DNA Analysis Shows Diverse Diets of Arctic Seabirds

Jenn Hoskins
7th July, 2024

DNA Analysis Shows Diverse Diets of Arctic Seabirds

Image Source: Natural Science News, 2024

Key Findings

  • The study by Wageningen University used DNA-metabarcoding on seabird faeces to analyze diets with minimal disturbance
  • This method identified a wider variety of fish and crustaceans in seabird diets compared to traditional techniques
  • DNA-metabarcoding proved to be a cost-effective and less invasive tool for monitoring Arctic seabird diets and environmental changes
Climate change poses a significant threat to Arctic marine ecosystems, impacting food webs and the species that depend on them. To understand these changes, researchers have focused on the diet shifts of seabirds, which serve as indicators of environmental changes, including species compositions in food webs. Traditional methods of studying seabird diets are often invasive, labor-intensive, and costly. However, DNA-metabarcoding techniques offer a promising alternative for monitoring diet choices with minimal disturbance to wildlife and the environment. A recent study conducted by Wageningen University tested the efficacy of DNA-metabarcoding on seabird faeces collected during short visits to breeding colonies of black-legged kittiwake (Rissa tridactyla), Brünnich’s guillemot (Uria lomvia), and little auk (Alle alle)[1]. This method revealed a wide spectrum of fish species and crustaceans in the diets of these seabirds, surpassing the diversity found using conventional techniques. The study highlights the potential of DNA-metabarcoding as a cost-effective and less invasive tool for monitoring Arctic seabird diets and understanding the broader impacts of environmental changes on marine ecosystems. The study involved collecting faeces samples during brief visits of approximately 30 minutes to seabird colonies. DNA-metabarcoding based on COI and 18S genes was performed on these samples, revealing a rich diversity of diet components. Notably, the technique identified a variety of pelagic and benthic fish species in the diet of little auks, a crustacean specialist, which had previously been underreported using traditional methods. The findings align with earlier research on the impact of environmental changes on Arctic seabirds. For instance, a 12-year study on little auks demonstrated their substantial plasticity in response to sea-ice concentration (SIC) changes, including adjustments in foraging behavior and diet composition[2]. The study found that decreased SIC led to less lipid-rich prey in their diet, negatively affecting adult body condition and chick growth rates. Additionally, mercury contamination was linked to these adverse effects. The new DNA-metabarcoding study complements these findings by providing a more detailed understanding of the diet diversity and potential shifts in response to environmental changes. Further, research on Calanus species, which are crucial components of the Arctic food web, has shown that accurate identification of these species is essential for understanding their role in seabird diets[3]. Genetic identification revealed that a significant portion of Calanus individuals were misclassified based on morphology alone. The diet of little auks was found to consist almost entirely of C. glacialis, even in regions with varying levels of Atlantification. This suggests that the observed shifts in diet composition may be more related to the size reduction of C. glacialis rather than a species shift to C. finmarchicus. The new DNA-metabarcoding approach can enhance the accuracy of such dietary studies by reducing identification biases. Additionally, the study on black-legged kittiwakes from Svalbard indicated that various environmental contaminants could disrupt metabolic rates through their thyroid hormone-disrupting properties[4]. This disruption could affect energy expenditure and, consequently, the foraging efficiency and diet composition of seabirds. The DNA-metabarcoding study's ability to provide detailed dietary information can help in understanding how such contaminants might indirectly influence seabird diets by affecting their metabolic rates and foraging behaviors. In conclusion, the DNA-metabarcoding study by Wageningen University demonstrates the technique's effectiveness in revealing a comprehensive and detailed picture of seabird diets with minimal disturbance to the birds and their environment. This method can significantly enhance our understanding of Arctic marine food webs and the impacts of climate change and pollution on these ecosystems. By integrating findings from previous studies on seabird foraging ecology, contaminant effects, and species identification, the new study offers a robust tool for monitoring and conserving Arctic marine biodiversity.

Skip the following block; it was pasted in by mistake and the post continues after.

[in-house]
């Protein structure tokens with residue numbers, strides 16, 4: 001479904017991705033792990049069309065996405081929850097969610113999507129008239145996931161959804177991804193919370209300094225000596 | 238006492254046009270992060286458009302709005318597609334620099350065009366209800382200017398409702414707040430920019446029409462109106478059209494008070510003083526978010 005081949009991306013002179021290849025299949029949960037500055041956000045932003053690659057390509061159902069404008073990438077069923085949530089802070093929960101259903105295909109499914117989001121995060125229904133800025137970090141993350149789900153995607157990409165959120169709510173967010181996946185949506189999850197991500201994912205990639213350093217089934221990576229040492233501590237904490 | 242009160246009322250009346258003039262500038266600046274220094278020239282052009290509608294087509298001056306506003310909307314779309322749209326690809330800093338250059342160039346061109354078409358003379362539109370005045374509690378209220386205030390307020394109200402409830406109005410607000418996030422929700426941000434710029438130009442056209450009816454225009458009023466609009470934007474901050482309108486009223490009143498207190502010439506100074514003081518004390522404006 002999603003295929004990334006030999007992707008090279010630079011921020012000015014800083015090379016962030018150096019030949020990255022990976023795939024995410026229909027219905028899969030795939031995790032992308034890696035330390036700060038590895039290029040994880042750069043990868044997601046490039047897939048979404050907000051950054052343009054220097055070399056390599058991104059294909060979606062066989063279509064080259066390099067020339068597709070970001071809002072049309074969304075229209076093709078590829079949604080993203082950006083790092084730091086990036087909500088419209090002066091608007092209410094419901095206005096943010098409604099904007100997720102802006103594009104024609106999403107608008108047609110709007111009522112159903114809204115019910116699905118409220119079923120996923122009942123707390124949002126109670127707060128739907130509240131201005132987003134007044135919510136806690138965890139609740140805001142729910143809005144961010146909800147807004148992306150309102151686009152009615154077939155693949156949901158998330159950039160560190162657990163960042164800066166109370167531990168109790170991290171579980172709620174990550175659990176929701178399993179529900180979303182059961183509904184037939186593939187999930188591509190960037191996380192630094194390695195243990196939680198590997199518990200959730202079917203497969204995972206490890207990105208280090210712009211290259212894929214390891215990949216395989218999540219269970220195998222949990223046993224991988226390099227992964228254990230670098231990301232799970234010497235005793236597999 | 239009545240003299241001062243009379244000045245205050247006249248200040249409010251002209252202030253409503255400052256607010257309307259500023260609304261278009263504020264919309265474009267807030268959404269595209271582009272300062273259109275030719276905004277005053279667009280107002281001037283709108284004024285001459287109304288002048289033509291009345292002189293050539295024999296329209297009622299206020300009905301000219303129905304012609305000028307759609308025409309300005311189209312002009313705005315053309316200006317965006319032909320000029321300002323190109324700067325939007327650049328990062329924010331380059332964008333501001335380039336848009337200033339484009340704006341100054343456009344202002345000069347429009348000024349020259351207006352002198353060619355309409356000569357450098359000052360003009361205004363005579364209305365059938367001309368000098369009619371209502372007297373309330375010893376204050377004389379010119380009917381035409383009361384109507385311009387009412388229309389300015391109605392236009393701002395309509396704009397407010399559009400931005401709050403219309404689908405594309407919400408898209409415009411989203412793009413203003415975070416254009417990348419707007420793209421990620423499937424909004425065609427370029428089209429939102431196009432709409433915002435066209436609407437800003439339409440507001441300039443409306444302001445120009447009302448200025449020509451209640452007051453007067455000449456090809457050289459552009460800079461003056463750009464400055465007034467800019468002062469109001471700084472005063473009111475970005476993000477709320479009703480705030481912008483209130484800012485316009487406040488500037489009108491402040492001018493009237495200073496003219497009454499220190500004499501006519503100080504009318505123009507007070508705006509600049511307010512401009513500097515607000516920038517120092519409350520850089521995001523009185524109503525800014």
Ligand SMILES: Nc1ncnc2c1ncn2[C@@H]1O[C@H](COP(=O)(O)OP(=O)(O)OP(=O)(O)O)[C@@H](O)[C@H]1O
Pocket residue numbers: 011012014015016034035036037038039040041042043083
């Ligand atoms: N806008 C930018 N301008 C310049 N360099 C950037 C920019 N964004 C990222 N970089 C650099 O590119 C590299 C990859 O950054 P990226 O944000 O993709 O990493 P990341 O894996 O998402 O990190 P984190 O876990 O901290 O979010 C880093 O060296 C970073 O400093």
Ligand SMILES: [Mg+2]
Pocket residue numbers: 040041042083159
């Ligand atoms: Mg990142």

GeneticsAnimal ScienceMarine Biology

References

Main Study

1) DNA metabarcoding reveals high diversity of fish and macrofaunal species in diets of little auks and other Arctic seabird species in Svalbard

Published 6th July, 2024

https://doi.org/10.1007/s00300-024-03276-3


Related Studies

2) Arctic climate change and pollution impact little auk foraging and fitness across a decade.

https://doi.org/10.1038/s41598-018-38042-z


3) Molecular tools prove little auks from Svalbard are extremely selective for Calanus glacialis even when exposed to Atlantification.

https://doi.org/10.1038/s41598-023-40131-7


4) Contaminants and energy expenditure in an Arctic seabird: Organochlorine pesticides and perfluoroalkyl substances are associated with metabolic rate in a contrasted manner.

https://doi.org/10.1016/j.envres.2017.05.022



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